Sol LeWitt The artist as collector
Sol LeWitt: The artist as collector

Sol LeWitt’s widow Carol speaks to Lydia Lee, curator of the Magnificent Obsessions exhibition at Barbican, about his lifelong fascination for collecting

The American artist Sol LeWitt (1928–2007), who was a key proponent of both Minimalism and Conceptual art, built an extensive collection of works by his contemporaries, including Hanne Darboven, Dan Flavin, Eva Hesse, Robert Mangold and Robert Ryman, among many others.

LeWitt collected in other areas, including Japanese woodblock prints and hand-coloured tourist photographs, modernist photography and scores by composers such as Steve Reich and Philip Glass.

Lydia Yee: Do you know when, where and how Sol first began collecting?

Carol LeWitt: He started collecting stamps when he was eight years old. He became an obsessive collector of block of four stamps. I even have a little note he wrote to someone in Shanghai saying, ‘I am a collector, can you please send me something with such and such a stamp on it?’

Some of the musical scores in his collection are from people like Steve Reich, Philip Glass and Alvin Lucier. I can imagine that he felt an affinity with his own work, the serial nature of that kind of music.

He would often say that everything he learned about serial art he learned in two ways: from Bach’s fugues, because that was a perfect serial system, and from Dan Flavin. Flavin’s ideas on seriality were enormously important to Sol, and he would always talk about that and always credit him.

Sol LeWitt, Autobiography, 1980. LeWitt Collection, Chester, Connecticut USA © ARS, NY and DACS, London 2015. Magnificent Obsessions: The Artist as Collector

Do you have any interesting anecdotes about any acquisitions that he made?

Sometimes he would buy things that we couldn’t afford. He would just find a way to make it work. I remember he saw a Richter show of candle paintings, at Sperone Westwater Fischer in the 1980s, and if he could then he would have bought the whole show. He did buy a painting. It was $10,000 at the time and a tremendous amount of money for us.

But an incredible investment now if you look at it. But I’m sure that’s not what he was thinking.

That never would have occurred to him. He always used to quote Gertrude Stein, who said a work of art is priceless or worthless.

What is the relationship between the objects in the collection and Sol’s own work? Was he looking for something in the work of other artists that spoke to him and to the way he worked?

I think that because of his collecting interests, the collection went way beyond what he would have taken from his own work. I think if he had collected that way it would have been a much more refined and defined kind of collection. This was more like Sol, the great proletarian collector, everything from young people, artists that had little recognition, little value. None of that ever mattered to him.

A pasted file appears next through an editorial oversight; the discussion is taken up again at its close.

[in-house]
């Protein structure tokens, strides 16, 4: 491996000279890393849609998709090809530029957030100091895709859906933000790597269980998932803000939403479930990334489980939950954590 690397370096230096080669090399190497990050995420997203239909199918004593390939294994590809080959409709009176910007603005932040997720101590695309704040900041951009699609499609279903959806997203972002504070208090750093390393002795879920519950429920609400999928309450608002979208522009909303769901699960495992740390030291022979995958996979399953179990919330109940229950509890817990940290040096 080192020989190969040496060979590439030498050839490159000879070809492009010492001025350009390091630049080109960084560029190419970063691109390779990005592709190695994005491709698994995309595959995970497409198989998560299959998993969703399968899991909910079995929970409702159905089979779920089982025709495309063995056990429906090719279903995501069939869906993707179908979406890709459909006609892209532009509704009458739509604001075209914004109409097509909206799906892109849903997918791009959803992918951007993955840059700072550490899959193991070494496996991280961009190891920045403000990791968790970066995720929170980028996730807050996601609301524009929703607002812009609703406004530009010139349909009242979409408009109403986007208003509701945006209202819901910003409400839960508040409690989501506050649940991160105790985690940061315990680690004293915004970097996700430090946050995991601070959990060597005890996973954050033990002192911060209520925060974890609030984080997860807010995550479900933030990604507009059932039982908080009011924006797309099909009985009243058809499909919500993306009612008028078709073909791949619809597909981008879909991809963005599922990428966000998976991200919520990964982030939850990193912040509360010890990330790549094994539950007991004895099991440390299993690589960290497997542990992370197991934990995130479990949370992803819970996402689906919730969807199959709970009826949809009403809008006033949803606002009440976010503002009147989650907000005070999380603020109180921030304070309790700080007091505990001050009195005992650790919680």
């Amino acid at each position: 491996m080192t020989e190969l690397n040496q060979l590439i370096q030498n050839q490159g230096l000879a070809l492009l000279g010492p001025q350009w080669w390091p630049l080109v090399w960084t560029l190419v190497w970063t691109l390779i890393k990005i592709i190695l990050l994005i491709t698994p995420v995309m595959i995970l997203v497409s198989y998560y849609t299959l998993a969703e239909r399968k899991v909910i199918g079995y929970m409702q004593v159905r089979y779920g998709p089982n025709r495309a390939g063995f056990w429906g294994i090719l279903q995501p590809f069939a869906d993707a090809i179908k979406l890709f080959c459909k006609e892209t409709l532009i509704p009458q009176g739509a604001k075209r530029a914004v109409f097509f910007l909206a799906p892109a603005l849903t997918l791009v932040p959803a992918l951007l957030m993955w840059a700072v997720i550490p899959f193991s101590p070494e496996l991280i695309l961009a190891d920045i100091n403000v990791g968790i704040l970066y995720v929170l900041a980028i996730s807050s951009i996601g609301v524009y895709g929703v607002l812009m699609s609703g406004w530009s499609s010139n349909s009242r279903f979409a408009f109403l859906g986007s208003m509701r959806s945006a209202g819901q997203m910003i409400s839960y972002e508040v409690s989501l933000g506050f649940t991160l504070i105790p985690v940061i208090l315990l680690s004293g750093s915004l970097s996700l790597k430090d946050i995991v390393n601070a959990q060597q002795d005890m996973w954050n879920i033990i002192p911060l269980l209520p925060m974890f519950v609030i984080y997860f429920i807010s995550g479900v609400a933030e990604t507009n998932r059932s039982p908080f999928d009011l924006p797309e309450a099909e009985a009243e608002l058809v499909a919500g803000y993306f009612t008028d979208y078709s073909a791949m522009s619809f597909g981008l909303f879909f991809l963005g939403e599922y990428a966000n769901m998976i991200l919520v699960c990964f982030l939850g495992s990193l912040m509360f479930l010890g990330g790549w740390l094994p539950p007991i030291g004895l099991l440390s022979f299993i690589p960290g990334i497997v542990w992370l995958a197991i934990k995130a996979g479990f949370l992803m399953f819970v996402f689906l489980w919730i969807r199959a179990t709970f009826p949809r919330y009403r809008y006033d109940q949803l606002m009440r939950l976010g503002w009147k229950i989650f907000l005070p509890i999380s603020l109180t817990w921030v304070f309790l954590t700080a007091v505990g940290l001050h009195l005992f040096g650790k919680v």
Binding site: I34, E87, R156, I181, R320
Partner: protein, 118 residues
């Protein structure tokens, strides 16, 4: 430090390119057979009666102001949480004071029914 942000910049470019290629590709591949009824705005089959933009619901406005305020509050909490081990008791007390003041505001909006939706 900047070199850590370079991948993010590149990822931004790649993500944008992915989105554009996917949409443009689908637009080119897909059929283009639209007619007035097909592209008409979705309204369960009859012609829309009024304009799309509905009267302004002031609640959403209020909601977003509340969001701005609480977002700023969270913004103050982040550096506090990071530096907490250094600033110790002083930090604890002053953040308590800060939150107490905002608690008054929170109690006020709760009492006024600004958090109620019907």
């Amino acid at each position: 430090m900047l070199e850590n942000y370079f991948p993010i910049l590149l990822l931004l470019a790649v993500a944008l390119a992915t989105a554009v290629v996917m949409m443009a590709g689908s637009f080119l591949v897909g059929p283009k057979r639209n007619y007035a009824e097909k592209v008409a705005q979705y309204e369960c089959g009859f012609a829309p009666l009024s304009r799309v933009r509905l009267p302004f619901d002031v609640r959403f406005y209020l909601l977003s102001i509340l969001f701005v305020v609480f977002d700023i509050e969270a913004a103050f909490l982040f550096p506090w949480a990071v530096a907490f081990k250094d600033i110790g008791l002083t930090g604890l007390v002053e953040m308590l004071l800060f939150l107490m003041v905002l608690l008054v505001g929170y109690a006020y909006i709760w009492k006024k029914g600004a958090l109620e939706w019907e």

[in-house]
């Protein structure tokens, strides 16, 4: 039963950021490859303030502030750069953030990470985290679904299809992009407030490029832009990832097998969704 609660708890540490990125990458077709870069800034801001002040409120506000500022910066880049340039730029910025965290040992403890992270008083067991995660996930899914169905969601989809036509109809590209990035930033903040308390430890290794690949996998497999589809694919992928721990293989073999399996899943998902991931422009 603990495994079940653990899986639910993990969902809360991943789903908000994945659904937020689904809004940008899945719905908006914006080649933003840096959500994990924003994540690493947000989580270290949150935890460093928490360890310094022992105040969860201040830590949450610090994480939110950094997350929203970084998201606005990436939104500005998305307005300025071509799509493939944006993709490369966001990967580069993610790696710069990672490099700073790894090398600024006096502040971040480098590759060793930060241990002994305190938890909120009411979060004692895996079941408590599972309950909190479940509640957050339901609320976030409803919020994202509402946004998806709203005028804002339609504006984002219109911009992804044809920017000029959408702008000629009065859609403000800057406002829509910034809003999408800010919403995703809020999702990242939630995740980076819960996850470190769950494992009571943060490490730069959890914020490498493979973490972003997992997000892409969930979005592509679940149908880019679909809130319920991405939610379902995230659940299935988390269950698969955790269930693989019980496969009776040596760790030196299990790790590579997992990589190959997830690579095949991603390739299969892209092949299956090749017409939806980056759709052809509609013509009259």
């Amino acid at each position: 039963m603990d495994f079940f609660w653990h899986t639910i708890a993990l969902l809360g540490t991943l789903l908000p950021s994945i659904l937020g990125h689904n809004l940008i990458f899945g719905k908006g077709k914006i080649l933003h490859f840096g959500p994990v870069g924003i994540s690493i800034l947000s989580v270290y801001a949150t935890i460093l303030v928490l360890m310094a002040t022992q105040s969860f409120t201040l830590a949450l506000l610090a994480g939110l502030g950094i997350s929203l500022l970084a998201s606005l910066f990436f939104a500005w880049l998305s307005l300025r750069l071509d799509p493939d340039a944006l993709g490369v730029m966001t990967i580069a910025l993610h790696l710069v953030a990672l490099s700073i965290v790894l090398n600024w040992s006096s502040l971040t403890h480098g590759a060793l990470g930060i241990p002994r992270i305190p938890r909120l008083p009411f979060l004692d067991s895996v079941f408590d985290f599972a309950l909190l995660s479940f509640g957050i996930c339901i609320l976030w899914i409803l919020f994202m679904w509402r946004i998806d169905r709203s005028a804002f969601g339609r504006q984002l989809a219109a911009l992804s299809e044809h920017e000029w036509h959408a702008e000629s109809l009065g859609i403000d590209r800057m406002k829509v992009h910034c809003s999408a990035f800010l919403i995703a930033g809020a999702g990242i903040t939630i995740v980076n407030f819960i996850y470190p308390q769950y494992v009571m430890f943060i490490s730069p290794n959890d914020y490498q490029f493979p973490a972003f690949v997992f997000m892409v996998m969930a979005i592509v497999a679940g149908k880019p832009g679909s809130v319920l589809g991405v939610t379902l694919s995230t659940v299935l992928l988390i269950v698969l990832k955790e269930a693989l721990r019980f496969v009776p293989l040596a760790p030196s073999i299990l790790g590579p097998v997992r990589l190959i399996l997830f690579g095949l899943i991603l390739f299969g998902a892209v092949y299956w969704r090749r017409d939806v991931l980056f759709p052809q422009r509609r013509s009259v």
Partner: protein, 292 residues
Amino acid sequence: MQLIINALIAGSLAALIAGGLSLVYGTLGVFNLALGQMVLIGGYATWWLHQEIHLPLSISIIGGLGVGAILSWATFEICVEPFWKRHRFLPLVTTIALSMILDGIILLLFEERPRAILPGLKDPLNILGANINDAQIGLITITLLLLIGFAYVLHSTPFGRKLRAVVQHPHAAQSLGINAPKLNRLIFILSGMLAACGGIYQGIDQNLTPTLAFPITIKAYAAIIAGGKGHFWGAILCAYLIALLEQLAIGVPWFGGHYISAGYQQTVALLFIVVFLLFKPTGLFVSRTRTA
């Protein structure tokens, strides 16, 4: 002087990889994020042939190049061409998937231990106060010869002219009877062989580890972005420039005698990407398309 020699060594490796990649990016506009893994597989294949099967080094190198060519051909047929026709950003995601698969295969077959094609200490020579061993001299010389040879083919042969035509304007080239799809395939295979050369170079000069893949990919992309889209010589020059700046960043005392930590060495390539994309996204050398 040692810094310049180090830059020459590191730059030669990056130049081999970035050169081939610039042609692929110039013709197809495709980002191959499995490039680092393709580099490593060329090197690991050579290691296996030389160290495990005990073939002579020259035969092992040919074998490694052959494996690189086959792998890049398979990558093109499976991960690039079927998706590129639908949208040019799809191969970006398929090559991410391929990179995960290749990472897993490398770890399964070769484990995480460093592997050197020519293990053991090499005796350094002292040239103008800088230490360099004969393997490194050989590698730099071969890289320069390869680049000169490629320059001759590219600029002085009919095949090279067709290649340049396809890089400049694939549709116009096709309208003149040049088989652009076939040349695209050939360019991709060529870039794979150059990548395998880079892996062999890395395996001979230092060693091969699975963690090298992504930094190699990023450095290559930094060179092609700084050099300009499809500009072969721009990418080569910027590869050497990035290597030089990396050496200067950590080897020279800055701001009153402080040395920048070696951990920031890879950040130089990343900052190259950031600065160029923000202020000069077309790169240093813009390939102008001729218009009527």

Hirosada, Untitled, 1860s. LeWitt Collection, Chester, Connecticut USA. Photo by Jody Dole Hirosada. Magnificent Obsessions: The Artist as Collector

And when he put things up in the house, was it also with this non-hierarchical approach?

It would be a total mixed bag, with the kind of eclecticism that was part of everything he did. One of the other interesting things is not only did he buy art, he loved furniture. He collected Hoffmann furniture and Rietveld furniture, he made his own furniture, and he loved Umbrian antiques. So it’s a real mix.

He was ahead of his time, because now this kind of mixing has become quite fashionable, but less so 30 years ago.

Sol never thought about style. He loved comfort, so his spaces were always very personal and filled with books and colour. That was one of the things he started to do when we first renovated the house in the mid-1980s — it was sort of cool colours, white and maybe a light grey. He decided to paint the house up. He started by painting the central hallway of this federal house a kind of brown. I remember once saying, ‘Brown is not exactly a fashion colour, I don’t know about that’. He looked at me and said, ‘I’m one of the great colourists of the century, and I think this is the colour!’ It went on and on: we had a kitchen that was electric yellow that went into a chartreuse room with a red door. It was very personal and very eccentric.

Magnificent Obsessions: The Artist as Collector runs at Barbican until 25 May, then at the Sainsbury Centre for Visual Arts, Norwich from 12 September — 24 January 2016. Extract taken from the accompanying book Magnificent Obsessions: The Artist as Collector, co-published by Barbican Art Gallery and Prestel.

Main image: Magnificent Obsessions: The Artist as Collector: Sol LeWitt's collection. Barbican Art Gallery. © Peter MacDiarmid, Getty images

Geen opmerkingen: